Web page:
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Justice for murdered and missing Indigenous women: ten years on

By: 
Valerie Lannon

February 17, 2015

February 14 marked the tenth anniversary of cross-country vigils commemorating the lives of missing and murdered Indigenous women.  In Toronto over 400 people attended the event held in the courtyard of the downtown police station.
 
The MC noted that little justice has been obtained over the last ten years, citing the horrible death of teen Tina Fontaine in Winnipeg, and other women in the last year. So the call remains for justice and understanding.
 
The vigil included important symbols of water and strawberries, which were distributed to participants as a way of providing strength in the struggle.  Water is valued because it is the only element that gives, sustains and can take away life. Participants poured a small amount of the water into the ground, to sustain the Earth, and drank the rest. Other participants ate the strawberries, whose symbolic importance stems from the fact that although strawberries may appear to be separated while growing on the ground, they are connected by a strong root system underneath. In a similar way, we are all connected in some way to the missing and murdered Indigenous women.
 
Speakers criticized Harper’s funding cuts to women’s organizations. “He doesn’t want us out protesting. But they didn’t say anything about holding ceremonies”, the MC noted with a smile.
 
A number of survivor family members spoke. One woman from the Gitxsan nation in northern BC noted that the Highway of Tears remains a danger zone for Indigenous women. She also noted the tremendous brutality faced by Indigenous men at the hands of police. “We are powerful when we come together” she stated.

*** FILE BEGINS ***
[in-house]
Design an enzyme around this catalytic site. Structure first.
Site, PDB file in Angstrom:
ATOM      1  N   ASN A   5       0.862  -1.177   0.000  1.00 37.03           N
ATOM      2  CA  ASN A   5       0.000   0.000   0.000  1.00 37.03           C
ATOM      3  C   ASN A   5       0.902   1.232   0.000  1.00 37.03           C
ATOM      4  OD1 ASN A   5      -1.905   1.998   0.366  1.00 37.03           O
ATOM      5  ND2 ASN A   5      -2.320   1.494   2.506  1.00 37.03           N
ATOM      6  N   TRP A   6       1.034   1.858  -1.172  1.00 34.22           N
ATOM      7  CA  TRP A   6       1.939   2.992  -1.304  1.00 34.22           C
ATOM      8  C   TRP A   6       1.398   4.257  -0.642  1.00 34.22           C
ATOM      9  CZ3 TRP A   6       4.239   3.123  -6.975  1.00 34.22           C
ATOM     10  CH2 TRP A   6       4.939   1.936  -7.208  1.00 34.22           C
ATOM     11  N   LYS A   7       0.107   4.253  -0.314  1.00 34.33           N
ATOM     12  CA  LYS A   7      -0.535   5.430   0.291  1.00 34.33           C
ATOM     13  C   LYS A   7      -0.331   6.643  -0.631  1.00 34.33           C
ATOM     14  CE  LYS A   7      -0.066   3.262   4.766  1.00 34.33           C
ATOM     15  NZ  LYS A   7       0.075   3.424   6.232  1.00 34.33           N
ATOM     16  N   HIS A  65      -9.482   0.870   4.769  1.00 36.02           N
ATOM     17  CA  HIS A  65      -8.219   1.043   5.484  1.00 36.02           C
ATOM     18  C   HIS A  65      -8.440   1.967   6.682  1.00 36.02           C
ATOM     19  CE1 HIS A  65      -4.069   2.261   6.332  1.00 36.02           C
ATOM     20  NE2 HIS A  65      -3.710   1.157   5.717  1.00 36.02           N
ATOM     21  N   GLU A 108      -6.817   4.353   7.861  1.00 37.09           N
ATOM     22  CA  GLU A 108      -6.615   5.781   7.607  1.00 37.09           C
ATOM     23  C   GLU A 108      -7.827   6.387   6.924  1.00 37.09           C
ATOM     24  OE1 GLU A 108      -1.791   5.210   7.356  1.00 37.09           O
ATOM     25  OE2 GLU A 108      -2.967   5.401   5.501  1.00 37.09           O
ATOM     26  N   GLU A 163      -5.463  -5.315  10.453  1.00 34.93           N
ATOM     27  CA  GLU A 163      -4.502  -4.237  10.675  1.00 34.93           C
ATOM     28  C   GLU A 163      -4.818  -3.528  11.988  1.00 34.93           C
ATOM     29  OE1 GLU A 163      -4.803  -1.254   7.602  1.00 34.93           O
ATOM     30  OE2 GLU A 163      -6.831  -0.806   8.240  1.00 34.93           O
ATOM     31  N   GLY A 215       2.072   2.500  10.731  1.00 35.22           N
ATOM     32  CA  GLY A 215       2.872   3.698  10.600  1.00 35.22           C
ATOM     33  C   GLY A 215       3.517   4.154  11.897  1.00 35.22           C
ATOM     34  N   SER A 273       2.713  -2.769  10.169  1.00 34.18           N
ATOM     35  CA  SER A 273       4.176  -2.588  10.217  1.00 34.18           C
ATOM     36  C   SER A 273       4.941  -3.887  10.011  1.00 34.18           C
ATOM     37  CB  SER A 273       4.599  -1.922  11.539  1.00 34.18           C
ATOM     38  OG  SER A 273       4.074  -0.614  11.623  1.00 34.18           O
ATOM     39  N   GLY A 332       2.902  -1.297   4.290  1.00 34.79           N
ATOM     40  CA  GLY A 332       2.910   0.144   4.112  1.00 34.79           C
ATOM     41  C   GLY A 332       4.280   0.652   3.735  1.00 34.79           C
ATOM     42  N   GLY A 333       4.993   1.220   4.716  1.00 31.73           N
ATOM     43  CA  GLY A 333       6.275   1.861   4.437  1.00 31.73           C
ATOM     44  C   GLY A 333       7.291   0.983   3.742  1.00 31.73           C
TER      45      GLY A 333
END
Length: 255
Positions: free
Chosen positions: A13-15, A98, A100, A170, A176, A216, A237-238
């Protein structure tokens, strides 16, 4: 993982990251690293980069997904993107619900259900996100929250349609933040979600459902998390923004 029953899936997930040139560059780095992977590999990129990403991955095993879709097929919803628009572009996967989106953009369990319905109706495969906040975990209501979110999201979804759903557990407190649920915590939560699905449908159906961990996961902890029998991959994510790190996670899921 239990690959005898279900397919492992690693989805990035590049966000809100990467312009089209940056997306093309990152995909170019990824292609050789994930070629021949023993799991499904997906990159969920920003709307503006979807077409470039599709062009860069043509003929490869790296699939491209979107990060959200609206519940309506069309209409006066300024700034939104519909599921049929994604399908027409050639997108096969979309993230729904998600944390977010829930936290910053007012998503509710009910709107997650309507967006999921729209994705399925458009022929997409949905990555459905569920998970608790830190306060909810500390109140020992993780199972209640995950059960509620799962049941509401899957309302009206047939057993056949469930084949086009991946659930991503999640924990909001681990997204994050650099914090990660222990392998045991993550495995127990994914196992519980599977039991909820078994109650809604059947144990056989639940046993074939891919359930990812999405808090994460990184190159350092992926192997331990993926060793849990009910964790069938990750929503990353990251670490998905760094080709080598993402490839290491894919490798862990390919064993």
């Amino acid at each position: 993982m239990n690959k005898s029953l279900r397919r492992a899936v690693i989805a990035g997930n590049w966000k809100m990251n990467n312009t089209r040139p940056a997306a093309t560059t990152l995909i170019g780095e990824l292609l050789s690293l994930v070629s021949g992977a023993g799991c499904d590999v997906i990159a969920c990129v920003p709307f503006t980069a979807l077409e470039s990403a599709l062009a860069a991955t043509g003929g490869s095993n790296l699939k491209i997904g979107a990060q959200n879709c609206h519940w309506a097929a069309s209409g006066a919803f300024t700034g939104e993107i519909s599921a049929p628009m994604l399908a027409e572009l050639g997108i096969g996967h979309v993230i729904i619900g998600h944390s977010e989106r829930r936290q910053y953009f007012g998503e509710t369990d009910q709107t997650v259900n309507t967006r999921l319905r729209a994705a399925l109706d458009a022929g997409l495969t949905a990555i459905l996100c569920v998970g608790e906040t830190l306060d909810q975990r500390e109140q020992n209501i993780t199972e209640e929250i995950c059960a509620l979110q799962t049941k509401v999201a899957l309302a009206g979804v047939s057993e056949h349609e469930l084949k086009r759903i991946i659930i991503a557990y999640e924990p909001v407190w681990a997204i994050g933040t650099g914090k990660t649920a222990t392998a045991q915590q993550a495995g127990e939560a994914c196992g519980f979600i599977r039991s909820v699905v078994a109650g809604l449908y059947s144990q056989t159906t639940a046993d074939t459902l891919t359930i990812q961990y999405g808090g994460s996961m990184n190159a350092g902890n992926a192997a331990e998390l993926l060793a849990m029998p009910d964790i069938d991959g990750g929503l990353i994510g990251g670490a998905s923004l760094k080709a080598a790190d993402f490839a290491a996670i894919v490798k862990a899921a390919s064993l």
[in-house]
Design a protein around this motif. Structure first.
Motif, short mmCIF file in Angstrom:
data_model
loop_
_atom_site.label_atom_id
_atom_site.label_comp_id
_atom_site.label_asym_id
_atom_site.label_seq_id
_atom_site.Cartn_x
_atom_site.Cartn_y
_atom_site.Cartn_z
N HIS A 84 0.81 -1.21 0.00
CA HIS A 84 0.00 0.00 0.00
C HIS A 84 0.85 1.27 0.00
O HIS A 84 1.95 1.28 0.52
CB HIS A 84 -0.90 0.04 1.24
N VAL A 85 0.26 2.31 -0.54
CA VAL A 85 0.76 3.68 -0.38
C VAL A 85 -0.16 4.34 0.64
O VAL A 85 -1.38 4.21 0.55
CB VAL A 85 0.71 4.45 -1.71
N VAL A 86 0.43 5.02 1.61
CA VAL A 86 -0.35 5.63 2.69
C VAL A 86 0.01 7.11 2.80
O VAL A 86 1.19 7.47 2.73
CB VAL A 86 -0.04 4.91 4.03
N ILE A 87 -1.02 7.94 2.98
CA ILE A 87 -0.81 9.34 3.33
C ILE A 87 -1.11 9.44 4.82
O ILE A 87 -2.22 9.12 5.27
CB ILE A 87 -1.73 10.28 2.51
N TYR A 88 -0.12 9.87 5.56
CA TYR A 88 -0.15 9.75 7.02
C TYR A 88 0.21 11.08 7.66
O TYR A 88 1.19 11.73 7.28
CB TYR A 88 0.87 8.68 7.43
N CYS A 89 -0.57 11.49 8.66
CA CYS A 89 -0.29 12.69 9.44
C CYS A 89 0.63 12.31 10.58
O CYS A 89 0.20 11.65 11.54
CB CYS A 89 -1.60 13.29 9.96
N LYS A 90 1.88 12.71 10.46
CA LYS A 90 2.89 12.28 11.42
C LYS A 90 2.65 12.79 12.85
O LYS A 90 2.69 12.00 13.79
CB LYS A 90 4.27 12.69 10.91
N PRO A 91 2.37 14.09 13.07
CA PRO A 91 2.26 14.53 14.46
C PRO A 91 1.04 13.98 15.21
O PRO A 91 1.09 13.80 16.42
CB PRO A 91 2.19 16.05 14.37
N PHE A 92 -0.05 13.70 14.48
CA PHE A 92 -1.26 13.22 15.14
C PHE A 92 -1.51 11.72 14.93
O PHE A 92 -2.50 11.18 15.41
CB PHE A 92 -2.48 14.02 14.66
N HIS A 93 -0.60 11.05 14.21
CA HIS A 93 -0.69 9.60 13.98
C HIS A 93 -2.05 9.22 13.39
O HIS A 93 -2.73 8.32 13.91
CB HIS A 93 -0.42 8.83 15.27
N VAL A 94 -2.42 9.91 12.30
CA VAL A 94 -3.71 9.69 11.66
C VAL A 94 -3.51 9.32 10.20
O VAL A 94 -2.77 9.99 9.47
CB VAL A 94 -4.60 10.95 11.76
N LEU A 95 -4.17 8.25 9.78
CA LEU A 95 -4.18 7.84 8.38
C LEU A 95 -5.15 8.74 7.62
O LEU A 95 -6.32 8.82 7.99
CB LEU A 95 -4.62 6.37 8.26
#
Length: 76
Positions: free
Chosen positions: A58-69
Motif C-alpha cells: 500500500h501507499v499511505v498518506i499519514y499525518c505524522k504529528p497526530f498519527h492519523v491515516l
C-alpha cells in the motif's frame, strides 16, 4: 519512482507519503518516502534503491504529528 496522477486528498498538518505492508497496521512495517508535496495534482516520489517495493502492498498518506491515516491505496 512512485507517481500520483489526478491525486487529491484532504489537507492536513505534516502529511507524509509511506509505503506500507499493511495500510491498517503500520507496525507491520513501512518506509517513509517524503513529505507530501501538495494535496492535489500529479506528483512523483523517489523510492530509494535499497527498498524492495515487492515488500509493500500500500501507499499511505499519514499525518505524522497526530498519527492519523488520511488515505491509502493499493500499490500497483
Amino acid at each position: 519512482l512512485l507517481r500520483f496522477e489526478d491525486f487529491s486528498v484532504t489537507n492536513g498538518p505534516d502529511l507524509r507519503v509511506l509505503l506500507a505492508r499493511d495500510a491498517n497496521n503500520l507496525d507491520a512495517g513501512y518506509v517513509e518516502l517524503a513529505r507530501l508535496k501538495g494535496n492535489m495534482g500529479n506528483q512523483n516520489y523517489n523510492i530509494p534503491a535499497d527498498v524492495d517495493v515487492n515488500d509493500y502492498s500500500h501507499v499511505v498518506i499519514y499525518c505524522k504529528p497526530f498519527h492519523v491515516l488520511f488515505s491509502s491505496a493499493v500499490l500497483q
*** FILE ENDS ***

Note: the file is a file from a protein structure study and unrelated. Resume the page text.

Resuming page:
Another speaker was a grandmother of a victim. She pointed out that Indigenous women have been missing and murdered since the time of fur traders, who routinely kidnapped women. She said “I refuse to be called a terrorist. I’m a protester.”
 
The vigil ended with the MC calling on all of us to send a message around the world: “No more!”
 
The participants then went on a march, stopping traffic along Yonge Street, Toronto’s main thoroughfare. The group stopped twice to hold brief round dances, with drumming and singing. The mood was defiant and proud.
 
With the leadership of Indigenous women, the rest of the country can respond in solidarity. We need to step up the continuing support from faith groups, trade unions, women’s organizations and others, so that ten years from now we are not still having to see the tragic and unfair numbers of missing and murdered Indigenous women.

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